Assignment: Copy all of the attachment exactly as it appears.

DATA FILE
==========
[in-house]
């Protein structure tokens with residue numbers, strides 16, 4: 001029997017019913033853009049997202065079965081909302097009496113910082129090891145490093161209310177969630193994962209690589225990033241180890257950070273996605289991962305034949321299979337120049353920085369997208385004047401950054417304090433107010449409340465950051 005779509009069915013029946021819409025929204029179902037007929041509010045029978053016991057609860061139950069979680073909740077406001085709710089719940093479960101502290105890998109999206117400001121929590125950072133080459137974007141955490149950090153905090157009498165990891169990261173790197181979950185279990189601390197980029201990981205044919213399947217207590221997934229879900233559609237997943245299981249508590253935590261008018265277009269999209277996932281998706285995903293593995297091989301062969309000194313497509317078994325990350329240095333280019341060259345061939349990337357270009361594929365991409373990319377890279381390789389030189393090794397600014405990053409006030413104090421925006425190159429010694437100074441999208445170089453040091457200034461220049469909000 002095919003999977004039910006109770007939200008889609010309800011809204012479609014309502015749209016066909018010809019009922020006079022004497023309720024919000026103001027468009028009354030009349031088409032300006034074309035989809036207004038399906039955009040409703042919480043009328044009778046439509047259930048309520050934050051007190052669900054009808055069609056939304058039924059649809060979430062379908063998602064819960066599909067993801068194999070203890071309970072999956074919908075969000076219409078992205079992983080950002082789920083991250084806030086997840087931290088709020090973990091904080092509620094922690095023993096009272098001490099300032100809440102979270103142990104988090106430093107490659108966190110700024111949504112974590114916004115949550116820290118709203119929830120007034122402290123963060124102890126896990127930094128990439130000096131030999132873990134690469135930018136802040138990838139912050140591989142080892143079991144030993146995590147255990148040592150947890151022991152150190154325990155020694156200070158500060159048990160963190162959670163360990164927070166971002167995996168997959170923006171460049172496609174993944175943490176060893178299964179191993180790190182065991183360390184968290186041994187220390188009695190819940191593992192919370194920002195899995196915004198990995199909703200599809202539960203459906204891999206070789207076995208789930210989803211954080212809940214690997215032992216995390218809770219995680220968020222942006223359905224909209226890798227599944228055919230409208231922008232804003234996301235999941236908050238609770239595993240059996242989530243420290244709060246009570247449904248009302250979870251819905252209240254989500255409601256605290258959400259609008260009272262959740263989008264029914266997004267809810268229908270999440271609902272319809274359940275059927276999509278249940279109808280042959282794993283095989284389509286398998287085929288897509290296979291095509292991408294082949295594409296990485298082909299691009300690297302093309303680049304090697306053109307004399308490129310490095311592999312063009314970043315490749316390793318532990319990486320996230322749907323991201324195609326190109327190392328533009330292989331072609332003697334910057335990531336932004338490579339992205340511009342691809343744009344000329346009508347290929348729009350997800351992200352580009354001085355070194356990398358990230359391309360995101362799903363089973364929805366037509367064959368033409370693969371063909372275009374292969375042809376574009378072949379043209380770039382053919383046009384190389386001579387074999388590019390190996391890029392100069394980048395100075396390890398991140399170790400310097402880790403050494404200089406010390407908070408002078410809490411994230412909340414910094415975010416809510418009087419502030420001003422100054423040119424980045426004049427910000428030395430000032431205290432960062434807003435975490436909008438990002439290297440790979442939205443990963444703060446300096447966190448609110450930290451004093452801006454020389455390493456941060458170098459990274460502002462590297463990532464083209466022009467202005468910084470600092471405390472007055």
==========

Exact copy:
[in-house]
């Protein structure tokens with residue numbers, strides 16, 4: 001029997017019913033853009049997202065079965081909302097009496113910082129090891145490093161209310177969630193994962209690589225990033241180890257950070273996605289991962305034949321299979337120049353920085369997208385004047401950054417304090433107010449409340465950051 005779509009069915013029946021819409025929204029179902037007929041509010045029978053016991057609860061139950069979680073909740077406001085709710089719940093479960101502290105890998109999206117400001121929590125950072133080459137974007141955490149950090153905090157009498165990891169990261173790197181979950185279990189601390197980029201990981205044919213399947217207590221997934229879900233559609237997943245299981249508590253935590261008018265277009269999209277996932281998706285995903293593995297091989301062969309000194313497509317078994325990350329240095333280019341060259345061939349990337357270009361594929365991409373990319377890279381390789389030189393090794397600014405990053409006030413104090421925006425190159429010694437100074441999208445170089453040091457200034461220049469909000 002095919003999977004039910006109770007939200008889609010309800011809204012479609014309502015749209016066909018010809019009922020006079022004497023309720024919000026103001027468009028009354030009349031088409032300006034074309035989809036207004038399906039955009040409703042919480043009328044009778046439509047259930048309520050934050051007190052669900054009808055069609056939304058039924059649809060979430062379908063998602064819960066599909067993801068194999070203890071309970072999956074919908075969000076219409078992205079992983080950002082789920083991250084806030086997840087931290088709020090973990091904080092509620094922690095023993096009272098001490099300032100809440102979270103142990104988090106430093107490659108966190110700024111949504112974590114916004115949550116820290118709203119929830120007034122402290123963060124102890126896990127930094128990439130000096131030999132873990134690469135930018136802040138990838139912050140591989142080892143079991144030993146995590147255990148040592150947890151022991152150190154325990155020694156200070158500060159048990160963190162959670163360990164927070166971002167995996168997959170923006171460049172496609174993944175943490176060893178299964179191993180790190182065991183360390184968290186041994187220390188009695190819940191593992192919370194920002195899995196915004198990995199909703200599809202539960203459906204891999206070789207076995208789930210989803211954080212809940214690997215032992216995390218809770219995680220968020222942006223359905224909209226890798227599944228055919230409208231922008232804003234996301235999941236908050238609770239595993240059996242989530243420290244709060246009570247449904248009302250979870251819905252209240254989500255409601256605290258959400259609008260009272262959740263989008264029914266997004267809810268229908270999440271609902272319809274359940275059927276999509278249940279109808280042959282794993283095989284389509286398998287085929288897509290296979291095509292991408294082949295594409296990485298082909299691009300690297302093309303680049304090697306053109307004399308490129310490095311592999312063009314970043315490749316390793318532990319990486320996230322749907323991201324195609326190109327190392328533009330292989331072609332003697334910057335990531336932004338490579339992205340511009342691809343744009344000329346009508347290929348729009350997800351992200352580009354001085355070194356990398358990230359391309360995101362799903363089973364929805366037509367064959368033409370693969371063909372275009374292969375042809376574009378072949379043209380770039382053919383046009384190389386001579387074999388590019390190996391890029392100069394980048395100075396390890398991140399170790400310097402880790403050494404200089406010390407908070408002078410809490411994230412909340414910094415975010416809510418009087419502030420001003422100054423040119424980045426004049427910000428030395430000032431205290432960062434807003435975490436909008438990002439290297440790979442939205443990963444703060446300096447966190448609110450930290451004093452801006454020389455390493456941060458170098459990274460502002462590297463990532464083209466022009467202005468910084470600092471405390472007055």